Integrate Quizzes Into Videos To Ensure Active Learning

Ensuring Active Learning: Why You Need To Integrate Quizzes Into Videos

The primary objective of any evaluation mechanism is to ensure learner knowledge retention. Chickering and Gamson in their 1987 paper 'Seven Principles for Good Practice in Undergraduate Education' discuss the importance of active learning:

Learning is not a spectator sport...Learners must talk about what they are learning, write about it, relate it to past experiences, and apply it to their daily lives. They must make what they learn part of themselves.

The Motivation

Making your online course engaging for learners is therefore very important. Videos are becoming increasingly important as part of eLearning courses. They offer a potential for active engagement with learners, and are therefore critical to successful pedagogy. The interactivity that a video offers is superior to other communication means. To enhance interactivity and improve learner experience, integrate quizzes into videos.

Well-designed evaluation mechanisms are a critical element to ensuring active learning. Bloom’s Taxonomy is the most followed learning evaluation system in education today. This taxonomy treats knowledge, attitude, and skills as 3 distinct goals of an effective education system. Quizzes can be designed to test for learners progress in these three general areas.

With videos becoming of increasing importance for your organization, quizzes can be used to complement the video content, to turn passive learning through video into a more active mechanism of learning. This can be done by integrating quizzes inside the video. This is because:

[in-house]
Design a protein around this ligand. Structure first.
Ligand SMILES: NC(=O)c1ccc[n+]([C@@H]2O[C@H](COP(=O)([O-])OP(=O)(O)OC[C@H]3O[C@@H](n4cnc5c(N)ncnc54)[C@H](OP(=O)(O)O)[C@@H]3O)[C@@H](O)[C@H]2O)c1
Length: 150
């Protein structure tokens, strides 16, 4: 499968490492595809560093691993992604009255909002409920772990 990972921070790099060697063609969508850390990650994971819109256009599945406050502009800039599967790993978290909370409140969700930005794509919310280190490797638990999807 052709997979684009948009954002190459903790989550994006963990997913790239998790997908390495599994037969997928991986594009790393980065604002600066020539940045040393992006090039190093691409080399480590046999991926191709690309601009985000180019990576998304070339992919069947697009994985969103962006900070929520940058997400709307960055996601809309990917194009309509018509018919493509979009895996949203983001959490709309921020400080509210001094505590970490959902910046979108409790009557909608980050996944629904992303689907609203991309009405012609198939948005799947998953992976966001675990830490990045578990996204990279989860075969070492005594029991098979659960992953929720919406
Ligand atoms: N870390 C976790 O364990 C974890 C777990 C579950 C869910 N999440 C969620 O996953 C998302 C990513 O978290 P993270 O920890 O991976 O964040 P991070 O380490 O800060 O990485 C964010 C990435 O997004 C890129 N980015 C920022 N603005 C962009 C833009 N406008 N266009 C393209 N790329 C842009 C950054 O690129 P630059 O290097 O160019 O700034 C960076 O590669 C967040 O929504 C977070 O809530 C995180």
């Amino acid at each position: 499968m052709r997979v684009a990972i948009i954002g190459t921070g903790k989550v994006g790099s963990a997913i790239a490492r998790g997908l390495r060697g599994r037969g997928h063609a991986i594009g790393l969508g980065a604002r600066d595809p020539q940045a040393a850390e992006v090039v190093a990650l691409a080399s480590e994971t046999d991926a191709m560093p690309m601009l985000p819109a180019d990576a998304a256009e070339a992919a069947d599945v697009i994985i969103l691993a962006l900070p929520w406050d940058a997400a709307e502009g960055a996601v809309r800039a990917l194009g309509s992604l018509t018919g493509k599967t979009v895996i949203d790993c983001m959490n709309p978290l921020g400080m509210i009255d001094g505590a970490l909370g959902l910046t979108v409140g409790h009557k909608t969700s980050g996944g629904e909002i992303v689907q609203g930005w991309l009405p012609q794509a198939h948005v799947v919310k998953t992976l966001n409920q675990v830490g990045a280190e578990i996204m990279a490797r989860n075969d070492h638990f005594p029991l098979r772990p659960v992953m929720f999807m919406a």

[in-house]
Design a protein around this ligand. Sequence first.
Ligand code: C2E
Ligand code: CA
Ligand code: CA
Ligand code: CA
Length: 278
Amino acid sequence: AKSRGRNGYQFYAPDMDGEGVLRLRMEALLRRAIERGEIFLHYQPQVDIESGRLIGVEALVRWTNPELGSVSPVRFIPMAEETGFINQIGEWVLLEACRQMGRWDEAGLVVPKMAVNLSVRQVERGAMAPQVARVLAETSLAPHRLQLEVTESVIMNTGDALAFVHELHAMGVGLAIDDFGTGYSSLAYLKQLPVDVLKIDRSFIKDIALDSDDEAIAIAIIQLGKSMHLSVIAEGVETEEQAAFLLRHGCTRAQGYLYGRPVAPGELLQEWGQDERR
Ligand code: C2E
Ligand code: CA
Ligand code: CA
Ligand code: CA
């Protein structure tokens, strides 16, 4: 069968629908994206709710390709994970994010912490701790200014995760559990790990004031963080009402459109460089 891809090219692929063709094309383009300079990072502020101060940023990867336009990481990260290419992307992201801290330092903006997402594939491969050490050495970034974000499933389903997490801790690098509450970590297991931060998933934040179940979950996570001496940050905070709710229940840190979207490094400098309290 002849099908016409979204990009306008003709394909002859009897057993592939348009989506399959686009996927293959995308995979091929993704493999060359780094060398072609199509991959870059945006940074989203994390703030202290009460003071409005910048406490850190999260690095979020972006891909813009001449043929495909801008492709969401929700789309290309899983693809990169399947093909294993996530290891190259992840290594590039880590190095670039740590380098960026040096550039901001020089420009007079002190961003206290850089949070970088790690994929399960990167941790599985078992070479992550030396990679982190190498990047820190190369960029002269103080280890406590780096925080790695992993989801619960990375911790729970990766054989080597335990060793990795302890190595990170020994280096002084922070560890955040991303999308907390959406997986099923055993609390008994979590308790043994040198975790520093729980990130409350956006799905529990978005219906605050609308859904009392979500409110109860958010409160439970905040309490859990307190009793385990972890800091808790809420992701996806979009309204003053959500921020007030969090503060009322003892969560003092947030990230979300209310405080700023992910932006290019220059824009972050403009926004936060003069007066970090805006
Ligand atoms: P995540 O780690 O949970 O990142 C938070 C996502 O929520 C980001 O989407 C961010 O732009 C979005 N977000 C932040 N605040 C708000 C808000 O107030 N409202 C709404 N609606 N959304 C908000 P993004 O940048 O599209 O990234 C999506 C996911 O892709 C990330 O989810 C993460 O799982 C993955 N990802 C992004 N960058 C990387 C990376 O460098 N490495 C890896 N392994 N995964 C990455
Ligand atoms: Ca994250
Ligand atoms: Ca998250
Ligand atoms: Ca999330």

• Active learning.
    A quiz can be integrated immediately after a topic is covered in a video. The subject would be fresh in the mind of the learners, and they would find it easier to engage with the question, thereby ensuring active learning.
  • Knowledge retention.
    Engaging content is directly responsible for better knowledge retention. A quiz immediately after learning something ensures better retention of content.
  • More effective synthetic learning.
    Better knowledge retention means that evaluation mechanisms testing for problem solving and synthetic learning can be designed with better chances of success. Synthesis and skill tests aid in understanding how learners use the knowledge they have acquired. The skills aspect of Bloom’s taxonomy can be better tested this way.
  • Scope for introducing real cases and applications.
    Better knowledge retention among the learners means that you can introduce real applications and cases for discussion. These cases and scenarios can be designed to encourage real-world problem-solving, as the question of knowledge retention has already been achieved. Being able to apply new knowledge into real-life problems is highly effective.

Better Teacher Feedback

In the previous section I have explained how embedding quizzes can help achieve knowledge-retention and genuine problem solving for learners. Video quizzes also give content providers highly relevant analytics on the effectiveness of the courses. This is because learner performance in the quiz immediately after a section of a video gives a very good indication of the quality of the video. Learner performance in a quiz immediately after the video provides an input for: